Canning Bacon: How To Can Bacon At Home

canning bacon

Canning bacon may be one of the last foods you would learn to do. But it’s bacon, we all love it. So in this post, we’re going to talk about how to can bacon to stash away in a crisis.

You know what time it is. It’s time for bacon. Most meals aren’t worth eating unless there is bacon involved. Bacon is salt-cured meat carved out of a pig’s belly or back. Today, who would’ve known that the world would turn out this way.

Perhaps in some sort of parallel universe, however circumstances like COVID-19 and quarantining are staring right back at us. However, this is easily compatible with the power of bacon and learning how to store this delicacy.


  • Bacon (the more the merrier)
  • Pressure canner
  • Canning jar
  • Electric griddle
  • Parchment paper


Pre Cooking

A lot of professionals tend to discourage people from doing this because they deem it ‘unsafe’. However, if you can have beef and chicken preserved, it’s certain that canning bacon is something that can definitely be accomplished.

Step 1: Clean Jars

Where the bacon is stored is even more important than the actual bacon itself. No one wants to open their canned bacon to find mold inside. It can lead to food poisoning resulting in a swift trip to the emergency room.

The perfect place to store bacon would generally be in a glass mason jar of the size of your choosing. Just be sure to examine the jar for any cracks or holes. The littlest things can lead to bigger issues later on.

Next, be sure to check out the rings of the jar. If they are old, just head over to your local grocery store. This also goes for the lid, because they can’t be reused.

Now the last step when it comes to the jars is just to wash them well. Wash the jars with warm water and soap. Afterward, proceed to wipe them dry.


Step 2: Make It Crisp

Now it’s time for the most important step, cooking that juicy bacon. First, have each bacon strip cut in half. This will double the amount of bacon that was initially there.

When cooking the bacon, strive to have it cooked until it’s completely light brown hue, and crispy ends, over medium heat. It smells delicious, doesn’t it?

Step 3: Lay Bacon On Parchment Paper

Now that bacon looks stunning. It’s must be tempting to try to eat the bacon, right? Yet, it still needs to be placed inside the jars.

The best type of parchment paper to use is a non-bleached version. Just to keep it on the safe side. Now roll out the paper to at least a foot long, or depending on how much bacon was prepared.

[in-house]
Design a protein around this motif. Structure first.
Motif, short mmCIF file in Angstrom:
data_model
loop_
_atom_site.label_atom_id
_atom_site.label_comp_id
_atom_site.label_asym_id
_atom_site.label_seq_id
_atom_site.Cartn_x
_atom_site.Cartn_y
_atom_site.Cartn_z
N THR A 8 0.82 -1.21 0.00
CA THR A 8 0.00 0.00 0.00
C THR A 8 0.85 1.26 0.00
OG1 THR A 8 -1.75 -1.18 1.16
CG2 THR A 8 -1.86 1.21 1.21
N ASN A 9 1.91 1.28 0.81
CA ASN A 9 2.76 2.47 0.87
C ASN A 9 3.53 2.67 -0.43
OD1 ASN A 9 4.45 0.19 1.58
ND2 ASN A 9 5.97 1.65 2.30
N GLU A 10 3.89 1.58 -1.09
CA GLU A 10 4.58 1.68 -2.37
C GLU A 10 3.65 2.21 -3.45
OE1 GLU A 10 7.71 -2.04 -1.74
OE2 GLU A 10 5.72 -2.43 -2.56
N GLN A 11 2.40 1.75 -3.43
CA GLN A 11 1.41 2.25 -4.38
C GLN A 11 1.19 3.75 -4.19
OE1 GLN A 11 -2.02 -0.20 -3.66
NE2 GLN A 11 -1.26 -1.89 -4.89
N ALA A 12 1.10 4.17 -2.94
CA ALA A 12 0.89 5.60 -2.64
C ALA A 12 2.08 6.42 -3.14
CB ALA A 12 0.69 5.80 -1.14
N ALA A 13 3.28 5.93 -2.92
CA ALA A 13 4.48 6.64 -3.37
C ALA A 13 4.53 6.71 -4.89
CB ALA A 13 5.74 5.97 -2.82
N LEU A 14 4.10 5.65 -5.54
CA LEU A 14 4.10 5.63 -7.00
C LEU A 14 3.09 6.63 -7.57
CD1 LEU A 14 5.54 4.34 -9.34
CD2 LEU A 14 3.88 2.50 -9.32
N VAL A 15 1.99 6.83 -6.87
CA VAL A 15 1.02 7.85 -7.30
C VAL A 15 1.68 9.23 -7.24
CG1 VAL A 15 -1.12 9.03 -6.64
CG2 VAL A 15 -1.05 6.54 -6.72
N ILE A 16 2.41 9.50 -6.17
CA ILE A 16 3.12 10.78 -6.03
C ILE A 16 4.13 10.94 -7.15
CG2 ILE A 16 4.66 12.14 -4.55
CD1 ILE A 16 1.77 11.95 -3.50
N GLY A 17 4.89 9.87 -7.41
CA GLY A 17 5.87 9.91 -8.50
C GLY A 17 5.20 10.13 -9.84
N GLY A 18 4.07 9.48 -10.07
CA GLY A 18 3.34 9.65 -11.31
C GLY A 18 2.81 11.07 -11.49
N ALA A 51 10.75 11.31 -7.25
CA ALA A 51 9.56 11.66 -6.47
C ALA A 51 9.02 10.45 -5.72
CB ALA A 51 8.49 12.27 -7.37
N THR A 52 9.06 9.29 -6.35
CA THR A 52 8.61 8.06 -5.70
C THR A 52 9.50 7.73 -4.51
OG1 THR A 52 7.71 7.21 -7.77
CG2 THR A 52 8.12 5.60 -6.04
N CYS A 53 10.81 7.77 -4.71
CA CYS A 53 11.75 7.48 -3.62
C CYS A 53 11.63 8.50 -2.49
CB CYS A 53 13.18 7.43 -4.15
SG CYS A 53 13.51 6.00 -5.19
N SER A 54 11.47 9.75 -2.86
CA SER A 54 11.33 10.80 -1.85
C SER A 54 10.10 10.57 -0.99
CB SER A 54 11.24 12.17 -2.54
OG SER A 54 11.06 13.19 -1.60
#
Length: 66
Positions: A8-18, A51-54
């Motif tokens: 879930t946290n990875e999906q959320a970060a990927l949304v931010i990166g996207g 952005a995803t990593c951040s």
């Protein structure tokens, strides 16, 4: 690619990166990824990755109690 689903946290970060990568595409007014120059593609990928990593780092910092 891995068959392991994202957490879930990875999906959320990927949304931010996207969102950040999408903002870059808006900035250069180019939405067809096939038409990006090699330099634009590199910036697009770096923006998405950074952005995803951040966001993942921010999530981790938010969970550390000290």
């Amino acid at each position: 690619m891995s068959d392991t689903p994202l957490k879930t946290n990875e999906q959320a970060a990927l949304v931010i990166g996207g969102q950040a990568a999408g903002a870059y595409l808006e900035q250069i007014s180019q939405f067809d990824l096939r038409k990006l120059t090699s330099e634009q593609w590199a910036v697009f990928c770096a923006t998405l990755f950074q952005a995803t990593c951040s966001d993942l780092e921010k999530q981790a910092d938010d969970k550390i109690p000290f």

Place the bacon on the parchment paper as close to each other as possible. It would make sure that the bacon doesn’t overlap, because it can result in challenges when placing the bacon in the jars.

Afterward, check if there is any loose paper. If there happens to extra paper, just trim those ends and toss them into the trash. Now the bacon will be covered with another layer of paper on top of it.

Step 3: Fold It Up

Yes. There is a whole process of getting these suckers into the jars, however, it’ll be a piece of cake. Start off at one end of ‘bacon street’, and begin to roll the bacon in the parchment paper. It should be tightly rolled together. Keep going until the end of the bacon strip.

If the roll looks like a mini burrito, the rolling process has been a success. The reason behind rolling the bacon is just so that when it is placed inside the jar, it is not a hassle.

Post Cooking

Step 3: Be The Presser To My Canner

Did you like the joke? Ok, maybe not. It’s time to get your pressure canner out.

Once the bacon has been placed inside the jars, place the lids and rings on top. Be sure that they are dry though, no liquid can enter the jar. Close the jar tight.

Pour a few cups of water into the pressure canner. When ready, place the bacon-filled jars into the device and close the lid. It’s best to leave it in for about 10 minutes, to really seal the deal.

How would you know if the jars have been sealed properly? If the lid of the mason jar had not dipped down, then the jar has not been sealed properly.

Oh, did you hear the beep? The jars have been completely sealed and it’s time to store these beauties.

Step 4: Storing The Bacon Jars

This is optional, but to keep the jars organized, label them. It can prevent you from opening the wrong jars if you happen to choose to ferment other meats. Finally, proceed to store the bacon-filled jars in a cool, dry area.

Congratulations, to everyone that made it thus far. You have successfully canned bacon. A good time period to leave the bacon is for 6-8 months according to Perhaps it may be possible to keep the bacon even up to a year.

Goodbye Bacon?

As you are now munching on those delicious bacon pieces, you must be wondering what would have happened if not every single step was completed perfectly. Well, a number of things would have occurred.

First of all, you would not be the bacon that you currently have in your hand. Second, months later after storing the bacon, you would have been slammed with pungent smells of rotting meat and mold. That would be a disastrous situation. Finally, maybe you end up opening the jar too early and the desire for some good bacon was too much to resist.


Canning Bacon isn’t as hard as it seems as long as you have all the materials needed to make it work. It seems impossible, yet you never know until you try. Especially with the situation of lockdown throughout the entire world, it makes sense to learn how to preserve one of the most delicious foods on the planet.

I hope you liked this recipe post on how to can bacon. If you liked it, you might also want to check out my other guide on canning ravioli at home.